Crossing over to De Bethune – a brand renowned for its creativity and boldness in locating and utilising the rarest materials to push the limits and its limited production – one can clearly see the brand’s ethos proudly displayed on its official Instagram page which states that it’s about: “Not doing more, but instead,doing better”.
Yet, De Bethune Executive Director Estelle Tonelli, for her part, agrees with Frei that more can be done on the digital side of its business, they can “do better”. In short, she is refreshingly transparent as she admits that to date, De Bethune hasn’t been as active in its digital push as is required to best connect with new markets and attract attention from the ‘next generation’ of luxury consumers.
“As far as digital is concerned, we are slow adopters. So, unfortunately, we are indeed an example of the slow adoption of watch brands towards digital. Our website is not even responsive designed – and it’s a shame – although work is in progress for a new one with improved design and content. For the time being, our digital strategy for social networks [FB, Twitter, YouTube, Instagram] is also managed in-house,” she reveals.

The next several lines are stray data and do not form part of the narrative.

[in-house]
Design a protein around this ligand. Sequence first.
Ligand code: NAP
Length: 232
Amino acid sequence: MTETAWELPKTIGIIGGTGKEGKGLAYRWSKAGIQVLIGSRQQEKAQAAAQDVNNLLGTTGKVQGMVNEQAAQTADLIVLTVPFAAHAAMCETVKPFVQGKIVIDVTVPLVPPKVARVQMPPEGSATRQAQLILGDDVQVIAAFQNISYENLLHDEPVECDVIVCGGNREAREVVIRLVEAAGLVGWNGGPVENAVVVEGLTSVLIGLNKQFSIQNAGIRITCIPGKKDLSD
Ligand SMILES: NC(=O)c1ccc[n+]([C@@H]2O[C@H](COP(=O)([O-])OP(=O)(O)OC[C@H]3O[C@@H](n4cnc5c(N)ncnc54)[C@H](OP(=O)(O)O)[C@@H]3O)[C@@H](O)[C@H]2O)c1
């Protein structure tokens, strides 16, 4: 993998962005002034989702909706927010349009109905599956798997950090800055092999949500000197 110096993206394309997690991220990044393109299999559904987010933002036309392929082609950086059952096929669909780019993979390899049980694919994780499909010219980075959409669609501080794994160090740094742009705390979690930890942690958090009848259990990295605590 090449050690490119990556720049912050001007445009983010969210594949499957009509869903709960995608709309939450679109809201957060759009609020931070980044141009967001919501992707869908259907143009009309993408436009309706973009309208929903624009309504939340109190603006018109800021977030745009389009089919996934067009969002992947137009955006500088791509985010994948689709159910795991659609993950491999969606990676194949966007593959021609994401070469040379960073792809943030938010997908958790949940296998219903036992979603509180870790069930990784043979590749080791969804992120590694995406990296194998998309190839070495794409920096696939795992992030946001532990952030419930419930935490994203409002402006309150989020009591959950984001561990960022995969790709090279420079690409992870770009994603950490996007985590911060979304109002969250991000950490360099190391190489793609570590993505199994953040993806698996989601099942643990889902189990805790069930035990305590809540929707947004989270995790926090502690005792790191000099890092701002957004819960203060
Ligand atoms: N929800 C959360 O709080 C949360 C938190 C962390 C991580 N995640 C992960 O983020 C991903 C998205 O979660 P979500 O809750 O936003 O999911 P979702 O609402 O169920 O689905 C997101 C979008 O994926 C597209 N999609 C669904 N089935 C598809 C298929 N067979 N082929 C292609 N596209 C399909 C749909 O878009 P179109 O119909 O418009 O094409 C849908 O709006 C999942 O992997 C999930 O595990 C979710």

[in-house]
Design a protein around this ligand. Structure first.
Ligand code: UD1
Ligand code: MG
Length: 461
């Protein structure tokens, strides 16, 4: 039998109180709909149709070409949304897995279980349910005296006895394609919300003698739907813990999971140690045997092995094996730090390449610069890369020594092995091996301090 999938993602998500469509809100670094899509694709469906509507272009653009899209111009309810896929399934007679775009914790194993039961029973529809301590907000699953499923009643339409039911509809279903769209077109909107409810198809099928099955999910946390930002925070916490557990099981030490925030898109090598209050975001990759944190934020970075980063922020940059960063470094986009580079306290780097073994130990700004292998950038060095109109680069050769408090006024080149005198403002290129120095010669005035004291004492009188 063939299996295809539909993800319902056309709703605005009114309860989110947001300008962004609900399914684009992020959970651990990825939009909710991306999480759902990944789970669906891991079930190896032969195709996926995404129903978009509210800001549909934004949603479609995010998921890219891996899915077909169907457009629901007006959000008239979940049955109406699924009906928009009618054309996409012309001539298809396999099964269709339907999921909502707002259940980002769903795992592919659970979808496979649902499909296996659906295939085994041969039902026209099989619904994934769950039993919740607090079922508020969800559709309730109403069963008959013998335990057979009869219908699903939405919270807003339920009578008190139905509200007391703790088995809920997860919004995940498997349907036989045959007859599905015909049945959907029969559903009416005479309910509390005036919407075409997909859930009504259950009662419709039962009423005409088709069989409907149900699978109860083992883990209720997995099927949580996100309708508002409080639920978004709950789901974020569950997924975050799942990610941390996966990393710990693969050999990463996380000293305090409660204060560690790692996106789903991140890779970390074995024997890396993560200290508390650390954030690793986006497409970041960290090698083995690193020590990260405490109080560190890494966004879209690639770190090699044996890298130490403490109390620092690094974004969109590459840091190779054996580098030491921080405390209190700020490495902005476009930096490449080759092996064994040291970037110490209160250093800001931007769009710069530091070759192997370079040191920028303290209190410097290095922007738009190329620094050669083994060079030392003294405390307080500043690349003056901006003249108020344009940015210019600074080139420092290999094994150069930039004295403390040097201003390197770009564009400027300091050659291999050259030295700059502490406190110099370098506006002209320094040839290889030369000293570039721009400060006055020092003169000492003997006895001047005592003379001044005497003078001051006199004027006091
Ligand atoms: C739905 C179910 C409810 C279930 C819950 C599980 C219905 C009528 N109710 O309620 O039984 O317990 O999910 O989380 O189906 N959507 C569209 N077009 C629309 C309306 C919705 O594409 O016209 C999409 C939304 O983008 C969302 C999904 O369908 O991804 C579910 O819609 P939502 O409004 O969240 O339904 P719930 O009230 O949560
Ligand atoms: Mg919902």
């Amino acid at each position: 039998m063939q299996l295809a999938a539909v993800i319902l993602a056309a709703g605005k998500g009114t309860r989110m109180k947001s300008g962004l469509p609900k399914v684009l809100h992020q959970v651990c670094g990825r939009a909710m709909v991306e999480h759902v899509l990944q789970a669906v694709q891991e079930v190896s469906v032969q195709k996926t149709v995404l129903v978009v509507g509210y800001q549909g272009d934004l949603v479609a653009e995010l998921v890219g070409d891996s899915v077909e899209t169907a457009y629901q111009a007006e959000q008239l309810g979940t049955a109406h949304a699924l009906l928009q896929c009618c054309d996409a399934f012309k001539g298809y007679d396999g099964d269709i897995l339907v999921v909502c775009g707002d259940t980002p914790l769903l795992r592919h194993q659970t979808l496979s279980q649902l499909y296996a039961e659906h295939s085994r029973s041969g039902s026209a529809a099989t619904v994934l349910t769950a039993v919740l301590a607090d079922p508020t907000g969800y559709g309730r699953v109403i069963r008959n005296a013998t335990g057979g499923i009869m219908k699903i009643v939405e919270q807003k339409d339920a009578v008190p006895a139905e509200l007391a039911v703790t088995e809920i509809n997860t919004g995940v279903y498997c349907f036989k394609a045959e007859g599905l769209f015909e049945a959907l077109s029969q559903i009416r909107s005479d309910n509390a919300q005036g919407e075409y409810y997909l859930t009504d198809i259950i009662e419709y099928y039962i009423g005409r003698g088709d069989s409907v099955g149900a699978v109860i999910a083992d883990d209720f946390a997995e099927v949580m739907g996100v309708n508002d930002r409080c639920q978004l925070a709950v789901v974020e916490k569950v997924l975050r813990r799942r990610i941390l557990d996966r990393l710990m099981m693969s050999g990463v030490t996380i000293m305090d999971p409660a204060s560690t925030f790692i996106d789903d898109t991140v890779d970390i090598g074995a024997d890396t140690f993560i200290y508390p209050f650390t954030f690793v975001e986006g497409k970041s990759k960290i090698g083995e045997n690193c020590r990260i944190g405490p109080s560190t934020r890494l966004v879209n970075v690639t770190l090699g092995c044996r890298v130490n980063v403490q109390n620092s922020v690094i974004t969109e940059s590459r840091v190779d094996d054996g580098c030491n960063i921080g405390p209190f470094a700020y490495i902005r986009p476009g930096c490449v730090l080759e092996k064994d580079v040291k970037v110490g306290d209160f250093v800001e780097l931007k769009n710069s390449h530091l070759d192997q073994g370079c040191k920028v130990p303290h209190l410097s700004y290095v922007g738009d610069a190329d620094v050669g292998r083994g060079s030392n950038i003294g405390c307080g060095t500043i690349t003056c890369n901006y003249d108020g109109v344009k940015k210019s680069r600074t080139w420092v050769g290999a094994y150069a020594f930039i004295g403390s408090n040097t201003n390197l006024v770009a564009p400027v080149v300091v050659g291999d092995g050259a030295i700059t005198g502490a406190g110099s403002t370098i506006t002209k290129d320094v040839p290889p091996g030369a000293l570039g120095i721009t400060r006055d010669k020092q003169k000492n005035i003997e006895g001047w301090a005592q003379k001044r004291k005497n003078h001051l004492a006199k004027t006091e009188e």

“I personally think that watchmaking industry is a slow adopter of digital and social media because of the nature of its products. We are always concerned by the content of our messages and want to secure a deep understanding of our ‘know-how’. Also, communication is like distribution: very traditional and conservative. And many people still, wrongly, think that digital is not adapted for luxury products.”
“ We are considering more effectively developing our presence on the digital scene… This will be a key priority in 2016 ”
In summation, she adds candidly, De Bethune has “not invested much in communication”, due to a limited budget – which was traditionally spent primarily on print media and events – but this is something that she is looking to tackle head-on in the year ahead.